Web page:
Once the tumors have been removed, they have a tendency to return unpredictably. It is common for patients to require repeat surgery. With some patients, surgery may be required every few weeks in order to keep the breathing passage open, while others may require surgery only once a year. In the most extreme cases where tumor growth is aggressive, a tracheotomy may be performed. A tracheotomy is a surgical procedure in which an incision is made in the front of the patient’s neck and a breathing tube (trach tube) is inserted through an opening, called a stoma, into the trachea (windpipe). Rather than breathing through the nose and mouth, the patient will now breathe through the trach tube. Although the trach tube keeps the breathing passage open, doctors try to remove it as soon as it is feasible.
Some patients may be required to keep a trach tube indefinitely in order to keep the breathing passage open. In addition, because the trach tube re-routes all or some of the exhaled air away from the vocal folds, the patient may find it difficult to speak. With the help of a voice specialist or speech-language pathologist who specializes in voice, the patient can learn how to use his or her voice.
Adjuvant therapies—therapies that are used in addition to surgery—have been used to treat more severe cases of RRP. Drug treatments may include antivirals such as interferon and cidofovir, which block the virus from making copies of itself, and indole-3-carbinol, a cancer-fighting compound found in cruciferous vegetables, such as broccoli and Brussels sprouts. To date, the results of these and other adjuvant therapies have been mixed or not yet fully proven.
What research is being conducted on RRP?
Scientists and clinicians are working to discover more about RRP. While HPV 6 and HPV 11 are known causes, millions of people are exposed to these two viruses without developing the disease. It is not known why some people are more at risk than others or why some cases are much more serious than others.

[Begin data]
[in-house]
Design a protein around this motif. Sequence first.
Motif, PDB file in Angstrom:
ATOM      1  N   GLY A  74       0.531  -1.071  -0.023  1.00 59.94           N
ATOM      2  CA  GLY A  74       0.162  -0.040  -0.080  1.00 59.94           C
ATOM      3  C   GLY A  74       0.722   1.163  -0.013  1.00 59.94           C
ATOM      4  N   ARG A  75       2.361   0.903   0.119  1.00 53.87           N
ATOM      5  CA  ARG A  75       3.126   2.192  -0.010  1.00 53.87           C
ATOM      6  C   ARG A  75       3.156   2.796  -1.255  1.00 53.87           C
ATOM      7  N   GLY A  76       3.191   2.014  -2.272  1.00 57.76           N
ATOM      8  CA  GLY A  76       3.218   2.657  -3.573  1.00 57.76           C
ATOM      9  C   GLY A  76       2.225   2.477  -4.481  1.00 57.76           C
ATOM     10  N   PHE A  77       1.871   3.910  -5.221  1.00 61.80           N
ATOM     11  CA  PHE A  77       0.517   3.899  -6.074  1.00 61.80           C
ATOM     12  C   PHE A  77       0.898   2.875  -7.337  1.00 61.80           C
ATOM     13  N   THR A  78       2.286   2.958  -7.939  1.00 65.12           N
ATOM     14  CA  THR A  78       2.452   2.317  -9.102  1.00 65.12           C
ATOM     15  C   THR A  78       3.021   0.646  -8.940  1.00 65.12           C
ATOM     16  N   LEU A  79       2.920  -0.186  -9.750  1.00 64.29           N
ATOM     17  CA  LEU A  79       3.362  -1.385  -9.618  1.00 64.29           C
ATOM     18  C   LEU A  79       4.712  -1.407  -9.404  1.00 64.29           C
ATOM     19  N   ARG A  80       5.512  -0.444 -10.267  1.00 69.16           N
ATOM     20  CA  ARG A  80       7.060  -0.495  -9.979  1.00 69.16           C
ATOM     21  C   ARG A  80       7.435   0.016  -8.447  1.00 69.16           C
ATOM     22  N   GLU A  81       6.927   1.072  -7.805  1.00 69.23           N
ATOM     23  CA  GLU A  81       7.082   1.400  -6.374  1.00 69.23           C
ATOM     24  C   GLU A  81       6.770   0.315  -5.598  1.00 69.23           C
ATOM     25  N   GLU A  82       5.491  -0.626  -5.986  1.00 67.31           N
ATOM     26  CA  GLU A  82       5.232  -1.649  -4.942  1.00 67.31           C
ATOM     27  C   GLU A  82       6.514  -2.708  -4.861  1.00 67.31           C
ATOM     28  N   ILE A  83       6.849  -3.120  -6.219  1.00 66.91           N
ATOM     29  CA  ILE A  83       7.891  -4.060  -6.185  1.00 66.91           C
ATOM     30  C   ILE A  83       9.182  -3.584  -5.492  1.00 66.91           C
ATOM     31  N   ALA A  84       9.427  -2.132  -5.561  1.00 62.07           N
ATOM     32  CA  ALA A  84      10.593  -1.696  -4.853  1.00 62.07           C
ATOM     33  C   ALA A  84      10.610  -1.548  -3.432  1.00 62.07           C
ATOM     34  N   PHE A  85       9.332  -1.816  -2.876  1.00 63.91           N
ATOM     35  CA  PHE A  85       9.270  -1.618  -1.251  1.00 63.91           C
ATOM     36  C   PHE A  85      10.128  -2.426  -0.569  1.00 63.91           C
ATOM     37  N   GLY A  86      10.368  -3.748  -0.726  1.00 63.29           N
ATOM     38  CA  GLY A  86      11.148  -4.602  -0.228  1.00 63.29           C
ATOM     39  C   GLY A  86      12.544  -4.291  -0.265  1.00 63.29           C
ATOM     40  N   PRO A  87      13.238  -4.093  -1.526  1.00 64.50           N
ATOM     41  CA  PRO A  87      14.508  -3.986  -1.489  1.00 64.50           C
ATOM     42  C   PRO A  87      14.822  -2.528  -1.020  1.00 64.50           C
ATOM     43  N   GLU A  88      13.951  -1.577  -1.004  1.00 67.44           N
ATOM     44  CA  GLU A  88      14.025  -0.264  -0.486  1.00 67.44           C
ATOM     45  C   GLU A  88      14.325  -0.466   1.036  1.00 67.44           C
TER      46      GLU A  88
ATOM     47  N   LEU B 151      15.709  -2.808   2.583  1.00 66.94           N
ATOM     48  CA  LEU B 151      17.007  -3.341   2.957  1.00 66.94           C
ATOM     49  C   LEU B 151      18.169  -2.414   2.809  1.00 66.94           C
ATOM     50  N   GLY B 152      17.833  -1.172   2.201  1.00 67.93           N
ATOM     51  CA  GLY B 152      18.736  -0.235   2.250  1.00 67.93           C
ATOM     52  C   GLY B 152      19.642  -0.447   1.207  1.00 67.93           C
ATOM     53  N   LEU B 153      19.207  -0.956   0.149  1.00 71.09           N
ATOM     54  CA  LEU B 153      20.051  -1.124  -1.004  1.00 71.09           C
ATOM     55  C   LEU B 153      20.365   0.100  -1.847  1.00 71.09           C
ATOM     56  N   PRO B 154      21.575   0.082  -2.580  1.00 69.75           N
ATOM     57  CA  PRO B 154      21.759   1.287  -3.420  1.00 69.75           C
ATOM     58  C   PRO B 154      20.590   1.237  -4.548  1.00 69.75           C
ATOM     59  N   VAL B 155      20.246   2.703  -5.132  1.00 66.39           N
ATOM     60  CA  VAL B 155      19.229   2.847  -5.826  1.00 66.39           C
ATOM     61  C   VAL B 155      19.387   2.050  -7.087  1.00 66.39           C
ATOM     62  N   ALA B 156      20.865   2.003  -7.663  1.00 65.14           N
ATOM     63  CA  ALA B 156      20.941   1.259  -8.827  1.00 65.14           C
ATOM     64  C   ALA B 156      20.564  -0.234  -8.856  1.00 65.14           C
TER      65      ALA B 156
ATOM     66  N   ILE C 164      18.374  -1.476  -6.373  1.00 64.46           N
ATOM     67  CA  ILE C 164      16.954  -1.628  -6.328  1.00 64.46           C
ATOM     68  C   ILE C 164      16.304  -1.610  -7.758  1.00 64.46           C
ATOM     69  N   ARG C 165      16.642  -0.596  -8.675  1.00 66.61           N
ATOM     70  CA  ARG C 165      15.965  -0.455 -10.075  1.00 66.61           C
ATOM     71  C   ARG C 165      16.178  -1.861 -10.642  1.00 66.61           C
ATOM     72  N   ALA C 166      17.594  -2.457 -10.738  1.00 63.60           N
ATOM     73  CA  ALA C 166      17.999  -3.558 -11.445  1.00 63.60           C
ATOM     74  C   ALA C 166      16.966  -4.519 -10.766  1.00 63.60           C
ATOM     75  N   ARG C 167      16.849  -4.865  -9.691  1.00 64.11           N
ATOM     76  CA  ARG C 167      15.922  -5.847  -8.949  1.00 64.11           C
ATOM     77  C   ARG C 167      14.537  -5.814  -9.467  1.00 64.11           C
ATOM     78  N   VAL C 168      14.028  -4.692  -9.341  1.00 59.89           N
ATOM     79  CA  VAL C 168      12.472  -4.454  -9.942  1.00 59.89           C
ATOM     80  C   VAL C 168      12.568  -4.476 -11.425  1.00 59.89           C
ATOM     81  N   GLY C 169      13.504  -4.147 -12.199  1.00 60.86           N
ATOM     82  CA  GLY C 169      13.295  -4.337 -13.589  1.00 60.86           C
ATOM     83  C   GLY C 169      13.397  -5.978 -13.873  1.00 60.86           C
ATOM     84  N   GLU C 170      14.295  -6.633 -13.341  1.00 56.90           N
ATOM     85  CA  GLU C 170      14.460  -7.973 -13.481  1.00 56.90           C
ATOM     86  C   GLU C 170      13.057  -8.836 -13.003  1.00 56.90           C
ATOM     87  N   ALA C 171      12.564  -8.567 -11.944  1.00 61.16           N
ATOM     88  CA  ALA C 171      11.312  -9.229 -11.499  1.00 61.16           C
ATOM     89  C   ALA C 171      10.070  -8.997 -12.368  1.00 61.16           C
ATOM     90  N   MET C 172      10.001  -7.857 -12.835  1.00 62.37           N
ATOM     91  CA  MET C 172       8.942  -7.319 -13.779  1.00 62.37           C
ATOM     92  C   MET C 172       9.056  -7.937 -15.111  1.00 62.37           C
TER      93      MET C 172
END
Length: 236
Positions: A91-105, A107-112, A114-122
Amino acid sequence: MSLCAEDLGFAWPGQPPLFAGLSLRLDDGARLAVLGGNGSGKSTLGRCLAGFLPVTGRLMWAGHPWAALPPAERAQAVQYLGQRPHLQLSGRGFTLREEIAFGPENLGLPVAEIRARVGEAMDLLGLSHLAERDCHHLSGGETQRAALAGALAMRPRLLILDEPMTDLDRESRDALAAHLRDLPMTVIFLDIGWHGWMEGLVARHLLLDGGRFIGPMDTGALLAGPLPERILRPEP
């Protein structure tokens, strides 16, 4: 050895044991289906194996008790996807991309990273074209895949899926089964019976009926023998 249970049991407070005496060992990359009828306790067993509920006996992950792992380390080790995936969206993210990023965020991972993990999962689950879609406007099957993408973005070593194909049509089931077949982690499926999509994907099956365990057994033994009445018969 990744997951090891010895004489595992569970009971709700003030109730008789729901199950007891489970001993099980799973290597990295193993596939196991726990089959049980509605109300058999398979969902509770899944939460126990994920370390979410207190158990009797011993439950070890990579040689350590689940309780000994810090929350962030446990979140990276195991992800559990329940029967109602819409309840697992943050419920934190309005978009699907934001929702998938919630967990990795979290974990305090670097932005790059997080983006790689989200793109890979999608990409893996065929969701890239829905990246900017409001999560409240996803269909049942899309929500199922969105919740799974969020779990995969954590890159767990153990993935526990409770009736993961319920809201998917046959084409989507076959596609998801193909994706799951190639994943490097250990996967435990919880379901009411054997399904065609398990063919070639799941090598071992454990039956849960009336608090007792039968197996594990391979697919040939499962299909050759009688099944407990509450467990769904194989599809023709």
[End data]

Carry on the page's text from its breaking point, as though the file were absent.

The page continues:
Researchers funded by the National Institute on Deafness and Other Communication Disorders (NIDCD) are exploring how our genes and immune system may contribute to our risk for contracting the disease as well as the severity of its symptoms. Researchers are also studying other possible therapies for RRP. In one clinical trial, researchers are investigating whether a common anti-inflammatory drug can inhibit an enzyme that promotes tumor growth in RRP, thus reducing the recurrence of tumors in children and adults with RRP. Researchers are also investigating the effectiveness of a pulsed dye laser, a laser that delivers short intense pulses of light, to determine if it is more effective at preserving the surrounding tissue while removing tumors from vocal folds. In one NIDCD-sponsored clinical investigation, researchers are studying whether a certain dietary supplement can work with the pulsed dye laser to decrease the rate of recurrence of tumors in children with RRP. To read about these and other clinical trials that are recruiting volunteers, go to www.clinicaltrials.gov.
Where can I get more information?
The NIDCD maintains a directory of organizations that provide information on the normal and disordered processes of hearing, balance, smell, taste, voice, speech, and language. Please see the list of organizations at www.nidcd.nih.gov/directory.
Use the following keywords to help you search for organizations that can answer questions and provide printed or electronic information on RRP:
For more information, additional addresses and phone numbers, or a printed list of organizations, contact:
NIDCD Information Clearinghouse
1 Communication Avenue
Bethesda, MD 20892-3456
Toll-free Voice: (800) 241-1044
Toll-free TTY: (800) 241-1055
Fax: (301) 770-8977
NIH Publication No. 10-4214
Updated October 2010